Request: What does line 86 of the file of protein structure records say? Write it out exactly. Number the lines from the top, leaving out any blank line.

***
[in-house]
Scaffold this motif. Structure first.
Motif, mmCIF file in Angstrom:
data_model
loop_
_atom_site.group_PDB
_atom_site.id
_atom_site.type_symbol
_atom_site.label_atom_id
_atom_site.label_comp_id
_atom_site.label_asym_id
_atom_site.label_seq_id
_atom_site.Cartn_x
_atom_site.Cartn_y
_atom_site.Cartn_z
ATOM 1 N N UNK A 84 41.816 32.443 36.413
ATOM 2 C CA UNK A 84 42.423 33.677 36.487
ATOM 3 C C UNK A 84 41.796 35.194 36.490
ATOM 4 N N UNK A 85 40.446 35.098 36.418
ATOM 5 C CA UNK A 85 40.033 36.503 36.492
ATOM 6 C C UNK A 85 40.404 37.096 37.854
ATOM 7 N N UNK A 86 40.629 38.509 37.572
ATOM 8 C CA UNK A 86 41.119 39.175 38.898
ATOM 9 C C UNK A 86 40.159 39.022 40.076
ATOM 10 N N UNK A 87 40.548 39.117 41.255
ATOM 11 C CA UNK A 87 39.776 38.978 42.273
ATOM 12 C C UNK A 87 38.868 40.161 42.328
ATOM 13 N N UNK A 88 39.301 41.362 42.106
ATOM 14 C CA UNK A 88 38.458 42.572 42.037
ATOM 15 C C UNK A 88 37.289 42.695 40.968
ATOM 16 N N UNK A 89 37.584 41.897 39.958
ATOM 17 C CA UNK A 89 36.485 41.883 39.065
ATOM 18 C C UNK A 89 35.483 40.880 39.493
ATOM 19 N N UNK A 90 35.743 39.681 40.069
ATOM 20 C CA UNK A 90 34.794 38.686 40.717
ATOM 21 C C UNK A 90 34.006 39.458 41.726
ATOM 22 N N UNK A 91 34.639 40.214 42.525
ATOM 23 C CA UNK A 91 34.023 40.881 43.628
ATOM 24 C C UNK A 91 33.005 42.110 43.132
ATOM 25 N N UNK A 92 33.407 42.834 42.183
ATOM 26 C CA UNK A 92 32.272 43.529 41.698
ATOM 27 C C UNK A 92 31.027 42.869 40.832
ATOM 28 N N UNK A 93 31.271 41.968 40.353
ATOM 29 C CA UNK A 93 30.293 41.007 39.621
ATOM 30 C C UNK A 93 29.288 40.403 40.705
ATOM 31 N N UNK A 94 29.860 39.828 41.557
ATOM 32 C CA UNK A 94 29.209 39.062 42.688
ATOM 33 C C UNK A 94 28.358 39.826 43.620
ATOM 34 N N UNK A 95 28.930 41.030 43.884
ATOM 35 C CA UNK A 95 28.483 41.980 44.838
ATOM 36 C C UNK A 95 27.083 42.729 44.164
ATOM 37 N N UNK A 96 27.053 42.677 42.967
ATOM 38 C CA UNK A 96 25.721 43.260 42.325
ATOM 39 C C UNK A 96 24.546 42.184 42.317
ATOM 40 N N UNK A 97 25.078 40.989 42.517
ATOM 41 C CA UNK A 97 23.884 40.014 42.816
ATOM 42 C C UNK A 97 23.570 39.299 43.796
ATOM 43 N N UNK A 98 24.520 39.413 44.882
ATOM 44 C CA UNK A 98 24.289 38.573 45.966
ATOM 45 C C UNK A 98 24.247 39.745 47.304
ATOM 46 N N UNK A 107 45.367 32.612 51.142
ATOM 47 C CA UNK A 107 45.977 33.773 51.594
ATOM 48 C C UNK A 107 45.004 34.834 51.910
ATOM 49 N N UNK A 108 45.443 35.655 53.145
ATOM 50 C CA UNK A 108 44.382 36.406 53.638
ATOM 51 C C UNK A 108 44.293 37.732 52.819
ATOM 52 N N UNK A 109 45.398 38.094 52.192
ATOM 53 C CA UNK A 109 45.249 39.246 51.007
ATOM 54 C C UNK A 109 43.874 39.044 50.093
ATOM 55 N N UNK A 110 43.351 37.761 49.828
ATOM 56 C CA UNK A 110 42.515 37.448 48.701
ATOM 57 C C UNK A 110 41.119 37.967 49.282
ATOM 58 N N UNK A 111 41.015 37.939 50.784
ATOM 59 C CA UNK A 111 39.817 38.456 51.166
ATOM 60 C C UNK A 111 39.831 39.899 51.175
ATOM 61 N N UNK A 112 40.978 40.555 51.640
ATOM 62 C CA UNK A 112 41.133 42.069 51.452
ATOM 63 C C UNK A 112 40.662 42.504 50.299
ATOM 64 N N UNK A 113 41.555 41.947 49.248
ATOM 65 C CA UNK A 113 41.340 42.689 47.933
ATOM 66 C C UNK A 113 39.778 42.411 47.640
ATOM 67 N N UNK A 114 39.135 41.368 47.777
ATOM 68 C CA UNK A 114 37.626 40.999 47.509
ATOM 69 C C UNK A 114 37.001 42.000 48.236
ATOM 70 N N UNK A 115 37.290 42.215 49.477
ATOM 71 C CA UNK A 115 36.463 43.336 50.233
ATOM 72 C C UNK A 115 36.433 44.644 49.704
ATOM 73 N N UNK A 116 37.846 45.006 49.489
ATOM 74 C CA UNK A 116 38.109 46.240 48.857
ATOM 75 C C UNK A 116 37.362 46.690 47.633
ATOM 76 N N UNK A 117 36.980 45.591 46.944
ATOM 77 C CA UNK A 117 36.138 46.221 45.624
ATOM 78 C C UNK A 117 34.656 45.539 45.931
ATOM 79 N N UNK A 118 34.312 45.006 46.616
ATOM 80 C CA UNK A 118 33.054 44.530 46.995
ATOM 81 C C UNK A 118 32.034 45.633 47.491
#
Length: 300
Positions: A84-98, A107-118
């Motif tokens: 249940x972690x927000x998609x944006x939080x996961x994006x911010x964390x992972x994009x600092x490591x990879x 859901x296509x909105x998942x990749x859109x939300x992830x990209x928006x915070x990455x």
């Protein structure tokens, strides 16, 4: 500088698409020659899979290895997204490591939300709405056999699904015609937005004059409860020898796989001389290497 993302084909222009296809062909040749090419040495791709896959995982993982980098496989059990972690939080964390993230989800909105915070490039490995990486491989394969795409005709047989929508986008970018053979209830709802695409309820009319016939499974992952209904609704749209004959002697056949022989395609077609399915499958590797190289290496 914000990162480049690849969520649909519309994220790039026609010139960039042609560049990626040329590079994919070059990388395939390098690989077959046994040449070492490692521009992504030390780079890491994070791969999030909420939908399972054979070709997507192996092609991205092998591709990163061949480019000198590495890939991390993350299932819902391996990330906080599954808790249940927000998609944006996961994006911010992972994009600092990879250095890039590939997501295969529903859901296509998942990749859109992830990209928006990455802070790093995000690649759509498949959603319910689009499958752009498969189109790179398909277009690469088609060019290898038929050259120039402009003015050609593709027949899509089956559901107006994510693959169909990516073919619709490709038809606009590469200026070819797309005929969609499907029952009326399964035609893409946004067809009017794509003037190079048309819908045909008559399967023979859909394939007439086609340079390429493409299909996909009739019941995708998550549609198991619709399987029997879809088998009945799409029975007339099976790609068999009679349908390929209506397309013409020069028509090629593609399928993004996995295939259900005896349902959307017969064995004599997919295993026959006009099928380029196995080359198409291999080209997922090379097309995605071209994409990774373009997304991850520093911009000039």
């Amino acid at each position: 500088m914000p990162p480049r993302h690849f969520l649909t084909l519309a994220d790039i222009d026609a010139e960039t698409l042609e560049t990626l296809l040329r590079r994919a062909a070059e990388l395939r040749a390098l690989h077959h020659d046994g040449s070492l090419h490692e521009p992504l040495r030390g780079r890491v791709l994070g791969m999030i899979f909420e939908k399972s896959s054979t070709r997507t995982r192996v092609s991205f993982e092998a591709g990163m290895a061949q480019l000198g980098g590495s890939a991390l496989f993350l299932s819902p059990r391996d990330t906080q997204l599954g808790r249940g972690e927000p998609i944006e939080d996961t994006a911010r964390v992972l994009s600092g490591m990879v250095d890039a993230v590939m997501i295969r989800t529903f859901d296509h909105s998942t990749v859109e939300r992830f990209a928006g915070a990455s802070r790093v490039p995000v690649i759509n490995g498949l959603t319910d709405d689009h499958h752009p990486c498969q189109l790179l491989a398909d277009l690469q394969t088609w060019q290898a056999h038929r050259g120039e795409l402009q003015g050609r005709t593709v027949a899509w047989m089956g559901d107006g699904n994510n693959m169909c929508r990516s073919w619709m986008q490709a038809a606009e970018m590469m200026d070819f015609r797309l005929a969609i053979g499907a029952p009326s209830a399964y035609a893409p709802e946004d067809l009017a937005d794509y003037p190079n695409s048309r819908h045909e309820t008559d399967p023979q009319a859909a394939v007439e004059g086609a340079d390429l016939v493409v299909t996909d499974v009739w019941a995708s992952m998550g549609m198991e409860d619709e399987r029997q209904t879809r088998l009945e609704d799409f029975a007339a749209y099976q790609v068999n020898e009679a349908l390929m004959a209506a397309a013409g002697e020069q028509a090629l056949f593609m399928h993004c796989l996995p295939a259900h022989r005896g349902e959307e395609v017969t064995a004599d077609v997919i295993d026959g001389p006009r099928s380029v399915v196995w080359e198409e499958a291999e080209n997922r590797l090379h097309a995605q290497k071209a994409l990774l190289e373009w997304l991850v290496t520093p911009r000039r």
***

ATOM 71 C CA UNK A 115 36.463 43.336 50.233